The program will actually tell you how to make exercises easier or harder. For instance, on the campus board, you can put your feet on the footholds and do the moves, or you’ll be instructed just to deadhang. For pull-ups, we’ll show you how to do negative pull-ups or jumping pull-ups so you can work up to the real thing.

That depends on what kind of injury you have.

Upper Body Injuries

If you have an upper body injury (shoulder, neck, ribs, collarbone, elbow), then that might be a no. You can’t heal those kinds of things when you’re training hard, and you will be training hard with this program. If you’re on the tail end of healing one of those injuries, then take this very slowly and work your way up to doing all the workouts every week. Listen to your body and if you feel sharp pain, stop.

If you have a finger injury, sometimes you can get away with buddy taping your finger, and sometimes these exercises won’t hurt your finger at all. Pull-ups and ring work can often be done with an injured finger (unless it’s really bad), and even the fingerboard exercises can be modified to accommodate an injured finger. Just train the non-injured fingers instead.

Lower Body Injuries

If you have a sprained ankle, an injured knee, or some other lower body injury, then it’s probably fine to try out a lot of the exercises in this program. There’s a great video of Courtney Woods training with Kris Peters with a broken foot that might be helpful.

Typical signs of over-training are fatigue, failing consistently in your workouts (the first couple weeks of this program don’t count, as your body might be adjusting and you may feel tired), insomnia, injuries and general inflammation, feeling grumpy a lot of the time, lack of motivation, lack of recovery, extreme muscle soreness, and even digestive issues.

You’ll know you’re getting enough rest if you’re psyched to train, you’re climbing pretty well, you’re getting enough sleep, you don’t feel sore all the time, and you’re not acting like an asshole 😉

Try to keep in mind that just because Jonathan Siegrist and Daniel Woods can climb 6-7 days a week if they want to, you may not be able to. And that’s ok. Try to keep your ego in check so that you can keep your body intact.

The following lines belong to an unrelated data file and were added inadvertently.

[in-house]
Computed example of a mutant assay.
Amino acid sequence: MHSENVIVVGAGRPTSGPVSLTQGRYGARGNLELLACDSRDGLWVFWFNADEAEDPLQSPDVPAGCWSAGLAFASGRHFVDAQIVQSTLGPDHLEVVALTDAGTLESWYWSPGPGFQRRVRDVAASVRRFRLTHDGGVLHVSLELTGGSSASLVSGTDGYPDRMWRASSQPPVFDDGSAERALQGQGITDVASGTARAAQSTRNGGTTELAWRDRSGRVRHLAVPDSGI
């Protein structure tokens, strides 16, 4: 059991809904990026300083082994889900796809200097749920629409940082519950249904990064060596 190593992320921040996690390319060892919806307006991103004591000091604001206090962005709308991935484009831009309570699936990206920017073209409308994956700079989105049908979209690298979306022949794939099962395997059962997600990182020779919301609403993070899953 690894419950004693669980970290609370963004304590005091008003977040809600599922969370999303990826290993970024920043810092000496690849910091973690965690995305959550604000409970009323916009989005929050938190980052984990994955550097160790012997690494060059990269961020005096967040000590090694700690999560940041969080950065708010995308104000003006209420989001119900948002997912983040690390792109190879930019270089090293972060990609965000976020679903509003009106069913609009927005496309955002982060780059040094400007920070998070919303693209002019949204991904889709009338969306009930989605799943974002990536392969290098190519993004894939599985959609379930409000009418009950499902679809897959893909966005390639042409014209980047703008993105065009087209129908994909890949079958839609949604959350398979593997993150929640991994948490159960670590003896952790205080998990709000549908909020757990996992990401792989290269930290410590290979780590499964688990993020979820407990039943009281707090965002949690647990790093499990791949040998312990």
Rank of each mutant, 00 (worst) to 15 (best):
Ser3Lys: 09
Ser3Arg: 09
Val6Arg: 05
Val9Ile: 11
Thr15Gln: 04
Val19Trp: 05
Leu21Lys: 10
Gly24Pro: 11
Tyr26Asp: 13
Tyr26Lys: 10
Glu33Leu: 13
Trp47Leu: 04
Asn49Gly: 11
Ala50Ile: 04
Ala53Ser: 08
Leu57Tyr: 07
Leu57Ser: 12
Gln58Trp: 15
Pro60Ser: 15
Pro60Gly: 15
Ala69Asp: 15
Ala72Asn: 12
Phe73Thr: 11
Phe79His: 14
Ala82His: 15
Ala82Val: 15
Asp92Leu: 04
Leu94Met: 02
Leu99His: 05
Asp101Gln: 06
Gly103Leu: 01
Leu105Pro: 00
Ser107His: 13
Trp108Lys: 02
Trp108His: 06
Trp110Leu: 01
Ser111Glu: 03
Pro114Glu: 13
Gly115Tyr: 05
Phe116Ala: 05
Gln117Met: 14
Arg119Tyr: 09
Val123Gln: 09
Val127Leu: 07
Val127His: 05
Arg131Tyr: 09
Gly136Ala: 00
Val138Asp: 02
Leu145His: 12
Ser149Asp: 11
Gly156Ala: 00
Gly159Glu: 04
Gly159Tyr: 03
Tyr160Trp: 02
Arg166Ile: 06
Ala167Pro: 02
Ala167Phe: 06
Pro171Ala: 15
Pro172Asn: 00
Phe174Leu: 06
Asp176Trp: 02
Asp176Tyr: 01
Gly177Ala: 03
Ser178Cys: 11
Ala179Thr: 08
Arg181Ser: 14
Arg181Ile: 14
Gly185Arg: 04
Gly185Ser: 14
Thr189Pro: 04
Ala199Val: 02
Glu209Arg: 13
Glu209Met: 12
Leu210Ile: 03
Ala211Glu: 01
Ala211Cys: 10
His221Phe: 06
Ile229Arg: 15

Do the finger strength/campus board workout and one of the climbing workouts. You want to do some power or strength training every week, and the fingerboard and campus board workouts are exactly that.

It’s possible that in the beginning of the program – the first couple weeks – your body will be adjusting to doing more work. So either ease into the program and do 1 workout the first couple weeks, then 2 workouts the second couple of weeks, then finally all 3 if you feel up to it.

If you’re climbing during the weekend both days during prime climbing season, then maybe don’t plan to do all 3 workouts during those months. Just do 1 or 2 during the week – maybe on Tuesday and Wednesday or Tuesday and Thursday, and then climb hard on the weekends.

It’s possible that in the beginning of the program – the first couple weeks – your body will be adjusting to doing more work. So either ease into the program and do 1 workout the first couple weeks, then 2 workouts the second couple of weeks, then finally all 3 if you feel up to it.

If you’re climbing during the weekend both days during prime climbing season, then maybe don’t plan to do all 3 workouts during those months. Just do 1 or 2 during the week – maybe on Tuesday and Wednesday or Tuesday and Thursday, and then climb hard on the weekends.

You can always cancel your membership or change your billing info by going to the My Account page at

Kris Peters wrote this training program just for TrainingBeta. He is a climbing trainer and you can learn more about Kris on the About Kris Peters page.

If you’d like to sign up for the program, just go to the Bouldering Strength and Power Program page. If you have other questions, you’re welcome to email us at